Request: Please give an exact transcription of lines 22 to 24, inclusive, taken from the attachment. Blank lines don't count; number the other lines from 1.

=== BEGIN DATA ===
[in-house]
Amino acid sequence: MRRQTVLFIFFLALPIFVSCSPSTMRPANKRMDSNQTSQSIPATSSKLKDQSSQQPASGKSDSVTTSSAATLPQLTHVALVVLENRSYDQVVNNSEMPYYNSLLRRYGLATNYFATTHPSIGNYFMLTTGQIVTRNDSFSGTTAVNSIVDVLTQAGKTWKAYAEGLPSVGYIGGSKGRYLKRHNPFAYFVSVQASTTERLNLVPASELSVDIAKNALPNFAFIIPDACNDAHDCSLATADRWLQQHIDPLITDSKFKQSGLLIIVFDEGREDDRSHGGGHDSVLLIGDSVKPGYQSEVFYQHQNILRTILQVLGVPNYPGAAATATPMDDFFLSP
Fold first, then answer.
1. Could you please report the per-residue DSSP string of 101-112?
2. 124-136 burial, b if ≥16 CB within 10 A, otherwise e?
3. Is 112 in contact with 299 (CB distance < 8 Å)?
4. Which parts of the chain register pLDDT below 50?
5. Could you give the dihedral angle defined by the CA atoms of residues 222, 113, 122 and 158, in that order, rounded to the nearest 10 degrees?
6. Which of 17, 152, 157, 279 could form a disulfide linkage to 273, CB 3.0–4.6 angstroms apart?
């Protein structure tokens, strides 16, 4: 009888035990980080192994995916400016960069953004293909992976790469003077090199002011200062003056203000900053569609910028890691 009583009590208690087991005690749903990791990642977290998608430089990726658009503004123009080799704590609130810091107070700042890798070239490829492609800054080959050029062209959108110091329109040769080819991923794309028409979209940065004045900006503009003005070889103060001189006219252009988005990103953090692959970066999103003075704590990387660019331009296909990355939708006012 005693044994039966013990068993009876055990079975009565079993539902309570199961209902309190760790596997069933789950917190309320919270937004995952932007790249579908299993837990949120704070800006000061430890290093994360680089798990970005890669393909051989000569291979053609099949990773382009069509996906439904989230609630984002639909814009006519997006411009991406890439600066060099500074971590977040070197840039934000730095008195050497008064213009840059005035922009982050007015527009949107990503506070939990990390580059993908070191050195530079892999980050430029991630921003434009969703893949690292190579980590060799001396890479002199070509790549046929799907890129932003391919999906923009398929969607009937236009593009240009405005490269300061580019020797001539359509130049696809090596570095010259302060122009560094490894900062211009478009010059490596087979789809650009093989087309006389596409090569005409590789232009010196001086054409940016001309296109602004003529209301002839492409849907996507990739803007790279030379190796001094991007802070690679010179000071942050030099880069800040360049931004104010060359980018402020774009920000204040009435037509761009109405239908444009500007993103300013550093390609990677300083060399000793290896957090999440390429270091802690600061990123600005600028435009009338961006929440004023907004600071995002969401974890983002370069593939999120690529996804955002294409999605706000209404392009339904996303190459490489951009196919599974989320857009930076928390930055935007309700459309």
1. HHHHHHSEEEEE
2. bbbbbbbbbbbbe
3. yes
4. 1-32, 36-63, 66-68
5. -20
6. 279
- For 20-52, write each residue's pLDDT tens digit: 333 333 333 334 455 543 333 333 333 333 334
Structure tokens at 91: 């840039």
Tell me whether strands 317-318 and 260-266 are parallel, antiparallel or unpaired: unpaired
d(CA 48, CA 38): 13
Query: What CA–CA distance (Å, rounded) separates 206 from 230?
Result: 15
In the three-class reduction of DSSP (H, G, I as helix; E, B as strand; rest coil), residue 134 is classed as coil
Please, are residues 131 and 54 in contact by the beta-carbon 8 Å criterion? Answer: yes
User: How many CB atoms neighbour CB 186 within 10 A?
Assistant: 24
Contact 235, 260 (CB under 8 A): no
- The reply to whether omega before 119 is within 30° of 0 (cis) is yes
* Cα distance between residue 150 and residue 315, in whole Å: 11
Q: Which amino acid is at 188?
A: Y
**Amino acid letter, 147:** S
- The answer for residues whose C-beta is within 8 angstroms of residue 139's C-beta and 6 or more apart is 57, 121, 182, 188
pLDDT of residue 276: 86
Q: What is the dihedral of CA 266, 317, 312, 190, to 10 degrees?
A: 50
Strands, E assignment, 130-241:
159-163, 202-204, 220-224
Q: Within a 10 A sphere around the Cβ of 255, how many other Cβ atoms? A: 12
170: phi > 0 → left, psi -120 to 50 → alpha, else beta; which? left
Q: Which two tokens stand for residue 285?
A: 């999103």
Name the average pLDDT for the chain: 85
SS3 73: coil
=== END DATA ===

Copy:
Result: 15
In the three-class reduction of DSSP (H, G, I as helix; E, B as strand; rest coil), residue 134 is classed as coil
Please, are residues 131 and 54 in contact by the beta-carbon 8 Å criterion? Answer: yes